Thursday, January 15, 2009
The psychology of exclusivity
A reader wrote me with an interesting insight on Naxxramas: "I think the core of this casual raid vs hardcore raid debacle that WotLK is turning into lies with the age old Gear vs Skill thing. Hardcore raiders prefer to attribute their success to skill. Rather than better geared than casuals, they are better skilled, and the gear is only a symptom of that. The reason that people are reacting so violently to easy Naxx is that it is making it plain to see for all is that gear is really the ONLY thing that matters in WoW.
Naxx at 80 has all the same skill requirement as it did at 60 (Plus or minus a very very few changes). You still have to get away from anub'arak, stay out of the slime and behind the boss on grob, change sides on thaddius, dance on Heigan, be smart with healing on Loatheb, and get behind the Iceblock on Saph. If you aren't "skilled" enough to to those actions, you can still fail in naxx. The ONLY real thing that has changed is the gear requirements (From "Have to have perfect gear" to "You can get by as a fresh level capped character"). Wow is and always has been about the gear treadmill."
I found that definition of skill a bit too narrow. "Skill" isn't black and white, either you can dance at Heigan or you can't. In most cases there is a penalty for failing to "get out of the fire", but if you have enough health and your healers enough healing power, you can just overcome the penalty. Thus if you do Molten Core at level 80, you don't need to run if you are the bomb at Baron Geddon (which is another argument why training for raiding in lower level raid dungeons doesn't work). Another example is crowd control at Moroes in Karazhan, which was extremely important in the original version, but after patch 3.0.2 most raids just gathered all the adds on one spot and aoe'd them down.
So I do think it took more skill to do Naxxramas at 60 than it takes today. But his comment is touching on a different issue, that of exclusivity. The human mind is tribal, and automatically thinks in terms of "us and them". We have a basic human *need* to belong to a group which is different, and in our minds "better", than another group. Thus people sort themselves into Democrats and Republicans, or into fans of different sports teams, and both sides look down on the other side.
So pre-WotLK there was this nice group distinction of you either being a raider or not. The raiders could look down on the casual players who didn't have the "skill" to kill Moroes in Karazhan. And the casuals could look down on the raiders who "obviously" only got there due to their gear. Now with Wrath of the Lich King comes Naxxramas, and suddenly everybody is a raider. Blizzard is starting to have instance server problems, with lag in Naxxramas, and "no more instances can be opened right now" error messages, because every evening Naxxramas and heroic dungeons are simply packed. And not only is everyone a raider now, there are also less distinctions between top guilds and mediocre raiding guilds. Instead of just having one or two guilds per server that were able to beat Sunwell, suddenly a dozen raid guilds can do the hardest available content. There is no "us and them" any more, only people who don't want to raid don't raid. There is no exclusivity.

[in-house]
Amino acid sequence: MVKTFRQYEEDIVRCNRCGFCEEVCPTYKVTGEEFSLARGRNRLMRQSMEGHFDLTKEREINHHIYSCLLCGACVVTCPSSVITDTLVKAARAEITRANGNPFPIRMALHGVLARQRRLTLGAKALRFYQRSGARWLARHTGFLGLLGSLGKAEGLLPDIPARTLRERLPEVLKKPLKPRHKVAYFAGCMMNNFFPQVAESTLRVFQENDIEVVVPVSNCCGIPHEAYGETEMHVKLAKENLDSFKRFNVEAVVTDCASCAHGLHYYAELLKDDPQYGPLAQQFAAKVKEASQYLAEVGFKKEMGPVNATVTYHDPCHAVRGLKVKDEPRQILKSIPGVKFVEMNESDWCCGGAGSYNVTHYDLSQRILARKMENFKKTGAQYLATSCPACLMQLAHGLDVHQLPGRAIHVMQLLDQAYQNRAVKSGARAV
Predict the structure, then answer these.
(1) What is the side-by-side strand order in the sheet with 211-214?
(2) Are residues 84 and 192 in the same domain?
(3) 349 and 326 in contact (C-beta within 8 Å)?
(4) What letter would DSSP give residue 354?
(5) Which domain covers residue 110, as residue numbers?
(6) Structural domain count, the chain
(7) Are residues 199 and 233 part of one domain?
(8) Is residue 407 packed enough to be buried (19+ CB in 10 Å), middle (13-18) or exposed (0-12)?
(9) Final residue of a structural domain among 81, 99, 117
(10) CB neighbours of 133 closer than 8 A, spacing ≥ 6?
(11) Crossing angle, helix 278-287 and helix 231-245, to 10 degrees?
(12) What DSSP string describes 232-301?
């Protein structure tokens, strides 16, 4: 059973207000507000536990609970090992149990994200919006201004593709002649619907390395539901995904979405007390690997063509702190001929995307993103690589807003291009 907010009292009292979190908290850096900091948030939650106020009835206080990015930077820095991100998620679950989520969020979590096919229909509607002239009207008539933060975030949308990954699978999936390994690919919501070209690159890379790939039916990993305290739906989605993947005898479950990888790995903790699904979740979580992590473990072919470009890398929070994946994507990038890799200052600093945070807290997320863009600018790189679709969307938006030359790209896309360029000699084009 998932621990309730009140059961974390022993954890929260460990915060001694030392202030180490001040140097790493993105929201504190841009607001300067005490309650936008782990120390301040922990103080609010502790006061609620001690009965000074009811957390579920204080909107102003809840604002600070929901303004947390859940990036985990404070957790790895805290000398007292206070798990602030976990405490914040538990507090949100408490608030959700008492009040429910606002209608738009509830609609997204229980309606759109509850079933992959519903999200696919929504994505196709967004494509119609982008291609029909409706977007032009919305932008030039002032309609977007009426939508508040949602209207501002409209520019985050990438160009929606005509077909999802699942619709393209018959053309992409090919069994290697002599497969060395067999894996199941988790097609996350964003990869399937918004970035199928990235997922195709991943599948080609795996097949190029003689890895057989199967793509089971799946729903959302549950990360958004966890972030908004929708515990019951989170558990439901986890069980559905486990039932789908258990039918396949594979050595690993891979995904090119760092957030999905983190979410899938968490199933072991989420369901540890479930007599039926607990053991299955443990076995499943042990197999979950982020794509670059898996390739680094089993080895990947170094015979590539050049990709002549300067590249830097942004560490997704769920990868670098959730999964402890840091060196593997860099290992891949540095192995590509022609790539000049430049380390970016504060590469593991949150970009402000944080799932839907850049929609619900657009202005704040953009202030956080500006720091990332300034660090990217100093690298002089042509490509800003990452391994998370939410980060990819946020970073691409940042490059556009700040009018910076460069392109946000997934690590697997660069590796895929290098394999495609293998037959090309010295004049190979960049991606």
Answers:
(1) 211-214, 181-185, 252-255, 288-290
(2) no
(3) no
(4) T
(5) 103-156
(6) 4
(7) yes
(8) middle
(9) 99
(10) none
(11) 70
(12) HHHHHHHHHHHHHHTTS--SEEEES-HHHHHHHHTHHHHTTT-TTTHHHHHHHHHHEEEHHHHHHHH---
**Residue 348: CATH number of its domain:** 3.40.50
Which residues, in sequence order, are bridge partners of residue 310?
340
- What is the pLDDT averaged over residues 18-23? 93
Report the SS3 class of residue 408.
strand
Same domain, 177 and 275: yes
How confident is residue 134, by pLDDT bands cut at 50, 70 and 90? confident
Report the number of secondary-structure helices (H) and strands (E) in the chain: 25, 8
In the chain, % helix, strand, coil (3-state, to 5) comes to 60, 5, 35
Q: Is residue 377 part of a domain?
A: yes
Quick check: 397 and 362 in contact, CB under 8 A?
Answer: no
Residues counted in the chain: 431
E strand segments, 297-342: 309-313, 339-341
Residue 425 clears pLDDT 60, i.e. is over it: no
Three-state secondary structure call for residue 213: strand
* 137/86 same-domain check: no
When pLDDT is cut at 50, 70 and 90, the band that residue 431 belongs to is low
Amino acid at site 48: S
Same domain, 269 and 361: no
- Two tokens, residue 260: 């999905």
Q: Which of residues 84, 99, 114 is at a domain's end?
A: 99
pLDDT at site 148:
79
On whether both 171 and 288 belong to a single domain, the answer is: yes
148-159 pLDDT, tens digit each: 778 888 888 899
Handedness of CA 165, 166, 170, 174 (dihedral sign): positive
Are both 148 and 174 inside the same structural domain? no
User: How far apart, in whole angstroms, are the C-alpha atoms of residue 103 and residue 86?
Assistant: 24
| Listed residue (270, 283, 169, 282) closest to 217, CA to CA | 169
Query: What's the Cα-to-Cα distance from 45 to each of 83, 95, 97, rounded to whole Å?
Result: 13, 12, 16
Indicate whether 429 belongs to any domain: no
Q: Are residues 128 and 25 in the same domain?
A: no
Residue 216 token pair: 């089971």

Turning the clock back and making Naxxramas much harder, excluding a lot of people from using it, would be something that Blizzard would have problems doing. It would cause a huge wave of protest of all those average players who thoroughly enjoy now being able to raid. So the devs decided to go only part of the way. Blizzard *is* making raiding harder, by nerfing healing in patch 3.0.8: If you have a healing meter like Recount and check it after a typical raid with druid and holy priests healers, you'll see that typically 30% to 40% of the healing by them is done with Wild Growth and Circle of Healing. Both are currently instant spells and can be spammed as fast as the global cooldown permits. And they are both "smart" heals, searching automatically for the wounded raid members, thus minimizing overhealing. In the patch both spells will have a 6-second cooldown, and raids risk losing a quarter of their healing, which should make raids in general harder.
But the other part of the solution has to be adding harder raid dungeons. Ulduar *must* be significantly harder than Naxxramas, so the hardcore regain a sense of exclusivity. They'll have to live with the fact that the limit between "us" and "them" is not whether somebody can raid at all, but whether he can raid Ulduar or not. The casuals have nothing to complain, because the *can* raid, just not everywhere. And the hardcore have nothing to complain because they *do* distinguish themselves from the less skilled players.